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Full Access Defamation and Political Comment in Post-Soviet Russia

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Defamation and Political Comment in Post-Soviet Russia

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The law of defamation in Russia has a long history. Its roots are in the European tradition, but the discontinuity of its historical development has meant that there have been particular difficulties in reconfiguring the law for the new human rights era following Russia’s accession to the Council of Europe in 1996 and ratification of the European Convention on Human Rights in 1998. Defamation law must now be been tested against the fundamental standards enshrined in the ECHR, to ensure that appropriate levels of protection are provided not only for reputation but, also, for freedom of expression. It has been left largely to the judiciary and judge-made law to manage this difficult transition. This article analyses the elements that make up the law of defamation in Russia and assesses the challenges that remain in adapting it to the twenty-first century.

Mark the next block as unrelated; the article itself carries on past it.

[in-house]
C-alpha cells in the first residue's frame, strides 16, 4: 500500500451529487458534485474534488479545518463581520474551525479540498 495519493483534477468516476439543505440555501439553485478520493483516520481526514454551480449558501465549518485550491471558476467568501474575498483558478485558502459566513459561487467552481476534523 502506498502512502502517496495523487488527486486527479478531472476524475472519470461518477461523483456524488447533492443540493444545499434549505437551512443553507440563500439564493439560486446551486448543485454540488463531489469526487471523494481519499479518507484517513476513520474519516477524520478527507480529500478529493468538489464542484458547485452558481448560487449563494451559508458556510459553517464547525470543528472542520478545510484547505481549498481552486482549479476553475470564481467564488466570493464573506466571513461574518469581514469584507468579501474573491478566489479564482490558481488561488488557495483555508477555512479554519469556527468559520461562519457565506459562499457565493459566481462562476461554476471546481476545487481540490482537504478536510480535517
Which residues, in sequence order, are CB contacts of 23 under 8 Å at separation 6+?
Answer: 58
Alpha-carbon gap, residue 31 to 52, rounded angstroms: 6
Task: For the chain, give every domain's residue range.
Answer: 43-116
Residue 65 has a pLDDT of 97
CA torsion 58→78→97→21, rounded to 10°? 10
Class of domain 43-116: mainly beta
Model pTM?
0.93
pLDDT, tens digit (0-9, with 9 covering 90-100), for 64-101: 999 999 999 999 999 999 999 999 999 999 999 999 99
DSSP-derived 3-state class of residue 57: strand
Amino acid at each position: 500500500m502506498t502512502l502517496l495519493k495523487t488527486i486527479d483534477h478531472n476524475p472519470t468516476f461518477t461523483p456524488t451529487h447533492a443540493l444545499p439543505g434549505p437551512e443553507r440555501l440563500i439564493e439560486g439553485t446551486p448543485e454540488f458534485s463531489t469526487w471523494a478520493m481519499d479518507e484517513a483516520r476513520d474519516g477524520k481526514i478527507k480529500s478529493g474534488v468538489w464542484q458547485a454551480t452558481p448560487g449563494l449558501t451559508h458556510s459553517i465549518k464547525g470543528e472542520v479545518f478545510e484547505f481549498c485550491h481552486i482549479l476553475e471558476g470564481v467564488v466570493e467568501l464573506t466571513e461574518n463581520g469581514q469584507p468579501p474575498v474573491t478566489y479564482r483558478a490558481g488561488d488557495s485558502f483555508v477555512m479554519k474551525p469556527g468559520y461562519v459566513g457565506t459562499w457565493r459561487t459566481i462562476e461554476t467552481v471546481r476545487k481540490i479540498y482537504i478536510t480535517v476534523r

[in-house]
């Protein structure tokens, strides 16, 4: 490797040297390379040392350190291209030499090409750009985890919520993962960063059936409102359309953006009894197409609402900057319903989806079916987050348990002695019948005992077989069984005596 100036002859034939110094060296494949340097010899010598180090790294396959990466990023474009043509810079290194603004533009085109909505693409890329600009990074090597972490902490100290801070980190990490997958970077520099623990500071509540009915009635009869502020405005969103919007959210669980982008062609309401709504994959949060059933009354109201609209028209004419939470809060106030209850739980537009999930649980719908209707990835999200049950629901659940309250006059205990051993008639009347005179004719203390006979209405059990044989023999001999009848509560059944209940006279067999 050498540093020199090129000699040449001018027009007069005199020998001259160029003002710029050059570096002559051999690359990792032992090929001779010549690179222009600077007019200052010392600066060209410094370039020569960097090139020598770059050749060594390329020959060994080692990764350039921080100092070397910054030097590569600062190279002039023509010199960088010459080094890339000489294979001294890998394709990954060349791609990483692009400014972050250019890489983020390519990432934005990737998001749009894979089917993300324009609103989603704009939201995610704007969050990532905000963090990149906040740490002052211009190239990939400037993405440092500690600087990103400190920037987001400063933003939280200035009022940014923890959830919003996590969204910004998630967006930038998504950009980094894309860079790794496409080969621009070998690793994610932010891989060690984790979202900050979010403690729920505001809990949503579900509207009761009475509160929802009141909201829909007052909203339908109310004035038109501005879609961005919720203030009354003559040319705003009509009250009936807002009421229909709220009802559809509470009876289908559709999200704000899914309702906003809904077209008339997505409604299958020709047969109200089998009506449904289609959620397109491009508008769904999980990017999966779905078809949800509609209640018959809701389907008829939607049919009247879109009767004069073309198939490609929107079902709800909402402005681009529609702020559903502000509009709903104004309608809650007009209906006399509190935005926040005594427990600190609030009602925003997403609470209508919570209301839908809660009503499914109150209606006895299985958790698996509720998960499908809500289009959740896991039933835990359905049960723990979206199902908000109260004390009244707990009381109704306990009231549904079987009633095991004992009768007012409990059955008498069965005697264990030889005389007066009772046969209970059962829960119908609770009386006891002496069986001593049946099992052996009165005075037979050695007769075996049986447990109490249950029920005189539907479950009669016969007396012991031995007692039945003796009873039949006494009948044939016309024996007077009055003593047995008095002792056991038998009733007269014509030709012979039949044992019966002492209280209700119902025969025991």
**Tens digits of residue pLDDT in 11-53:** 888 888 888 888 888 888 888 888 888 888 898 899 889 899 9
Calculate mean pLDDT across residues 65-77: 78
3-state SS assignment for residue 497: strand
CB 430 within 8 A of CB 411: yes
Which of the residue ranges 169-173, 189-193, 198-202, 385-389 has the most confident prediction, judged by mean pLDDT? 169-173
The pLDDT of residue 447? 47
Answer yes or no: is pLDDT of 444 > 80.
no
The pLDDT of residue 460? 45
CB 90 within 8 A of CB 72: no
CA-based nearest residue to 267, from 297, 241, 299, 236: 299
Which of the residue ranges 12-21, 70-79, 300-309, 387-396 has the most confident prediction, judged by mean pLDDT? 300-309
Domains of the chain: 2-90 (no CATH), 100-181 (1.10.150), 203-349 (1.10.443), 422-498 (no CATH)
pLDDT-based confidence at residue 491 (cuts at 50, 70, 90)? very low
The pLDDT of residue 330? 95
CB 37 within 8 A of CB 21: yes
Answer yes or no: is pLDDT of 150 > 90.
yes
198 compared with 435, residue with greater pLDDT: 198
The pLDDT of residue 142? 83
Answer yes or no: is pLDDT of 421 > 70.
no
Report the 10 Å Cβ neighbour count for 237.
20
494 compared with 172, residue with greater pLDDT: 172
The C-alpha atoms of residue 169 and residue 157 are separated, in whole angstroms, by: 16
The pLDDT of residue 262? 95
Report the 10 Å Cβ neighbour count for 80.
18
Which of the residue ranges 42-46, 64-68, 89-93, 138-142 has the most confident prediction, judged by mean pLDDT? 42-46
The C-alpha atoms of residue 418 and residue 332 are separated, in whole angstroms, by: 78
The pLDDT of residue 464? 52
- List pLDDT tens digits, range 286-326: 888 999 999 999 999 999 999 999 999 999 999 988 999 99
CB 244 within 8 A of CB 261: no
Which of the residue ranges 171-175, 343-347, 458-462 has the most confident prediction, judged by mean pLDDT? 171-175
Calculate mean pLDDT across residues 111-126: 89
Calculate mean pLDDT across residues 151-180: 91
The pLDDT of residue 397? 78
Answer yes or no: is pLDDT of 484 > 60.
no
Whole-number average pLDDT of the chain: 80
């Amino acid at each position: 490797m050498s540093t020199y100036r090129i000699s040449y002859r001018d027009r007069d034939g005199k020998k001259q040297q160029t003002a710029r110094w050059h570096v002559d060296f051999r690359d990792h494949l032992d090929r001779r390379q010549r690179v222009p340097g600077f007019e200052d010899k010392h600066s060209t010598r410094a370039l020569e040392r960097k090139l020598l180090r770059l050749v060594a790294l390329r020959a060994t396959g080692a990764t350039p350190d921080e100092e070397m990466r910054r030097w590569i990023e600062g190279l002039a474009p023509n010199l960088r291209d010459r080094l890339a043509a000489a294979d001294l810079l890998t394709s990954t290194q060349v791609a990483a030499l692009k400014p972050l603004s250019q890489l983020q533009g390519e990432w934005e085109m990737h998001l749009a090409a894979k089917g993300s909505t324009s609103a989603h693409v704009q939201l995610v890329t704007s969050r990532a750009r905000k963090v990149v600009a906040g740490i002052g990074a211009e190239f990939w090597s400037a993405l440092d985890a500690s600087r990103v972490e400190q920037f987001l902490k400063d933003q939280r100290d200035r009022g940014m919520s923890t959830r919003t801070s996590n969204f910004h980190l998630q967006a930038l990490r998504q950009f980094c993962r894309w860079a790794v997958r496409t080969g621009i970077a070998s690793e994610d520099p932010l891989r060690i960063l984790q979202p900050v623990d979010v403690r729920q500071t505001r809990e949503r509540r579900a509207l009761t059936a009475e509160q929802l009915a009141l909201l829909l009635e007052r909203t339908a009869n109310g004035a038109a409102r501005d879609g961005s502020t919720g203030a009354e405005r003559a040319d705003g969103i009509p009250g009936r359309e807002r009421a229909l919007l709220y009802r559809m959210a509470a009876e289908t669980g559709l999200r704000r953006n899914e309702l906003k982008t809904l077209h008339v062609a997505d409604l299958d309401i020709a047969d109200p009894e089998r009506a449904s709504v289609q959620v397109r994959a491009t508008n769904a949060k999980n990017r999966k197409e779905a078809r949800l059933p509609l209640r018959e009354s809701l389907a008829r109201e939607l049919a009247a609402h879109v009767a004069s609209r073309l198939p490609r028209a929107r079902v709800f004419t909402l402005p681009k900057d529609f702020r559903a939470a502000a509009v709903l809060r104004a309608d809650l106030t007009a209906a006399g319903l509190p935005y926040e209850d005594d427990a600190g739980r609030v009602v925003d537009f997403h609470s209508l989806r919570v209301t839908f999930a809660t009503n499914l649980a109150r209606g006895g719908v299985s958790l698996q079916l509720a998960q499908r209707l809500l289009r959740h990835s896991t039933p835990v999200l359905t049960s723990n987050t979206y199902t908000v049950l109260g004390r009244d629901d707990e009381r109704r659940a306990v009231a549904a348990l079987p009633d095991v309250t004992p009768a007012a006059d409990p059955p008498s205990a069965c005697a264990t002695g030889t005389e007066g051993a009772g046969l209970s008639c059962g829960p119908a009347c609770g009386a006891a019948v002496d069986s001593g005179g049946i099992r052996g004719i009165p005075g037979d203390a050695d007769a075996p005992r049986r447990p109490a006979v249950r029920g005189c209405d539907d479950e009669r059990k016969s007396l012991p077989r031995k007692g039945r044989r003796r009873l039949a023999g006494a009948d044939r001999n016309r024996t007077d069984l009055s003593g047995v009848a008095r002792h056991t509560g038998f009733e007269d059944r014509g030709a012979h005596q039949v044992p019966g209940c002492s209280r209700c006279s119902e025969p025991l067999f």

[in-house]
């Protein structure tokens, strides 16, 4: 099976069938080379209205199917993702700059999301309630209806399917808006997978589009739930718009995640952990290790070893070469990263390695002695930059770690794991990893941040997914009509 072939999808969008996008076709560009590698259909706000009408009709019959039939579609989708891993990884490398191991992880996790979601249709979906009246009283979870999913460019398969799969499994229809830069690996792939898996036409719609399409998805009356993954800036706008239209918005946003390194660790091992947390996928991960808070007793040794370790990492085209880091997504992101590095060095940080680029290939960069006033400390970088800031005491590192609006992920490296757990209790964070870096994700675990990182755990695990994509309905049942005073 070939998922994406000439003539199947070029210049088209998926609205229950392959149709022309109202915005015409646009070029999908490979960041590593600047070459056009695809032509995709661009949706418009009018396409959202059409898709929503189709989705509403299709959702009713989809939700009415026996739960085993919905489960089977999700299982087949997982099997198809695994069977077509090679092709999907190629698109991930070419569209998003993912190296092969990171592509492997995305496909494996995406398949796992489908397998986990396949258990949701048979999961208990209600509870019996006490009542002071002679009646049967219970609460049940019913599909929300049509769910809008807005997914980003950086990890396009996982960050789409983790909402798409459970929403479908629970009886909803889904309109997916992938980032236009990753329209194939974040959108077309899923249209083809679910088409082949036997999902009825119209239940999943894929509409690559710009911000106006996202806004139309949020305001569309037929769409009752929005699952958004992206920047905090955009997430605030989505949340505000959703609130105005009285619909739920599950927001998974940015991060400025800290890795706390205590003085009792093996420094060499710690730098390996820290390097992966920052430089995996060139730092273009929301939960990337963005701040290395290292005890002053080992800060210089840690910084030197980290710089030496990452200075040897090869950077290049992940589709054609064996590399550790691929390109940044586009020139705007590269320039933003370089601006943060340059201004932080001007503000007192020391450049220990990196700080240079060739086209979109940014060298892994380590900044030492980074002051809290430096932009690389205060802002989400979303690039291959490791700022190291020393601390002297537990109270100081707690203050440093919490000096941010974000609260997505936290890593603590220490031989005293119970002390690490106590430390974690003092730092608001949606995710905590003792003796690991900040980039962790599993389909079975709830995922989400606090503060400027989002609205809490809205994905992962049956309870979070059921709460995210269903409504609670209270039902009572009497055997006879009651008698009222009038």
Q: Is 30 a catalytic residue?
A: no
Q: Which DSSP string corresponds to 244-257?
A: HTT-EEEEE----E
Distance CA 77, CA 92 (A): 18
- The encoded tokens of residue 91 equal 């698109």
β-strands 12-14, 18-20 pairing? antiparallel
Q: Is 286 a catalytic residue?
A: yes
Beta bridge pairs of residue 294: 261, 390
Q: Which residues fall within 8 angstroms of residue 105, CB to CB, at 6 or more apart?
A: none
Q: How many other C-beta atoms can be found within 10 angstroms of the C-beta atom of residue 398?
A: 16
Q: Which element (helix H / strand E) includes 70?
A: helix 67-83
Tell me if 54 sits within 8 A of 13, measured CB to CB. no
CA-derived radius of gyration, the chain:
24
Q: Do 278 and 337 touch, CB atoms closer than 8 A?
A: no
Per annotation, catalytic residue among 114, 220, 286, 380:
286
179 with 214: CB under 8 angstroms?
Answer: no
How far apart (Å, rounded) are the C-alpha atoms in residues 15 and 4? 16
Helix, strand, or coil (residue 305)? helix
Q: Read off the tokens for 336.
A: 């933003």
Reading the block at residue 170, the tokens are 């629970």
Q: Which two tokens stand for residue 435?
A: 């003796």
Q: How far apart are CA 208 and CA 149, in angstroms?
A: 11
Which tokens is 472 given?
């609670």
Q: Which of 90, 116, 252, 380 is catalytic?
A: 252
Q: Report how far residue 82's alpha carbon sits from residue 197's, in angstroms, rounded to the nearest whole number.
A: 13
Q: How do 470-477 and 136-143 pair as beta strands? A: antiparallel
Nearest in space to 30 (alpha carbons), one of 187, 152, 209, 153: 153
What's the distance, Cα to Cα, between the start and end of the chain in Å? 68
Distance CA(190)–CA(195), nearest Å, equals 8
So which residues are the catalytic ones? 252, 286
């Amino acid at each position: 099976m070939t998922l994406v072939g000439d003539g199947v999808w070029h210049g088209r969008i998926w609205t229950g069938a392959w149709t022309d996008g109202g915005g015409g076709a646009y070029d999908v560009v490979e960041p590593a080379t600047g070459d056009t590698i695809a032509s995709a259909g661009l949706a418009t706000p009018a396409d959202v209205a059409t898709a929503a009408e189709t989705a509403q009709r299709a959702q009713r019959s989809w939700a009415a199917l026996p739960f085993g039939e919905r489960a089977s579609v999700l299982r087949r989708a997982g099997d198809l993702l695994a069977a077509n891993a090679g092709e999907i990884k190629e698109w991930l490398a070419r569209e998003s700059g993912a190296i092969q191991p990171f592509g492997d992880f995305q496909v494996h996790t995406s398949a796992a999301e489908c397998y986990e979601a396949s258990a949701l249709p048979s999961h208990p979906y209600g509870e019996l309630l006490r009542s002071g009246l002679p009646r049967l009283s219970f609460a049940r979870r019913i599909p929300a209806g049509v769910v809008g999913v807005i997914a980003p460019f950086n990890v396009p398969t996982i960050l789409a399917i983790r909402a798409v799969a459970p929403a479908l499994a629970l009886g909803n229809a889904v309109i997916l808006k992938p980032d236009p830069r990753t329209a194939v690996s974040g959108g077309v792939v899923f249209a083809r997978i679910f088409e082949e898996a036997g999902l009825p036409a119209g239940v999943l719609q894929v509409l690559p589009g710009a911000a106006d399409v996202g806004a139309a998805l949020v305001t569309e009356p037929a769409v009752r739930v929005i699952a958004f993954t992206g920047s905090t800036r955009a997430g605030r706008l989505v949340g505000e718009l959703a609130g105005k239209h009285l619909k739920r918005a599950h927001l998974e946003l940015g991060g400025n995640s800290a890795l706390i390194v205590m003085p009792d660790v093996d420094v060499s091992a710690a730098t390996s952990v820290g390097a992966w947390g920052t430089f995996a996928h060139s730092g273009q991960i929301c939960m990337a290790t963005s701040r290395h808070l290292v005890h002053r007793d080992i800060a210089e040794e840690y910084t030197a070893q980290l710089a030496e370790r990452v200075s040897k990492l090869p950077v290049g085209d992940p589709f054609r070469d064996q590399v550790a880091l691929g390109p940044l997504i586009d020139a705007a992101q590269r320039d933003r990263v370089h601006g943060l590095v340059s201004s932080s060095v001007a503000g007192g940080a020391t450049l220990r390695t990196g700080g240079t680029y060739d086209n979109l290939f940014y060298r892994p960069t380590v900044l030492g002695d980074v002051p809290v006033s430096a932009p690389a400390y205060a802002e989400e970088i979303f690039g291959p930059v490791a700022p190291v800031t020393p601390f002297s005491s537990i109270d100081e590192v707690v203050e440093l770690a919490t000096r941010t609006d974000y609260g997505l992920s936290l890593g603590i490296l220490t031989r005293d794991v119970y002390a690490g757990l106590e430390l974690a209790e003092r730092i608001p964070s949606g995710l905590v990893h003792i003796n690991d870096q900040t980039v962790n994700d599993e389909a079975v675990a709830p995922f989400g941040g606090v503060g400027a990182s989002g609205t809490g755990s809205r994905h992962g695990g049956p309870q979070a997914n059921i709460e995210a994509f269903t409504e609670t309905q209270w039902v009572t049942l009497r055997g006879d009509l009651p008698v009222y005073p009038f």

10.1163/092598812X13274154887222
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The law of defamation in Russia has a long history. Its roots are in the European tradition, but the discontinuity of its historical development has meant that there have been particular difficulties in reconfiguring the law for the new human rights era following Russia’s accession to the Council of Europe in 1996 and ratification of the European Convention on Human Rights in 1998. Defamation law must now be been tested against the fundamental standards enshrined in the ECHR, to ensure that appropriate levels of protection are provided not only for reputation but, also, for freedom of expression. It has been left largely to the judiciary and judge-made law to manage this difficult transition. This article analyses the elements that make up the law of defamation in Russia and assesses the challenges that remain in adapting it to the twenty-first century.

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/content/journals/10.1163/092598812x13274154887222
2013-01-01
2016-12-03

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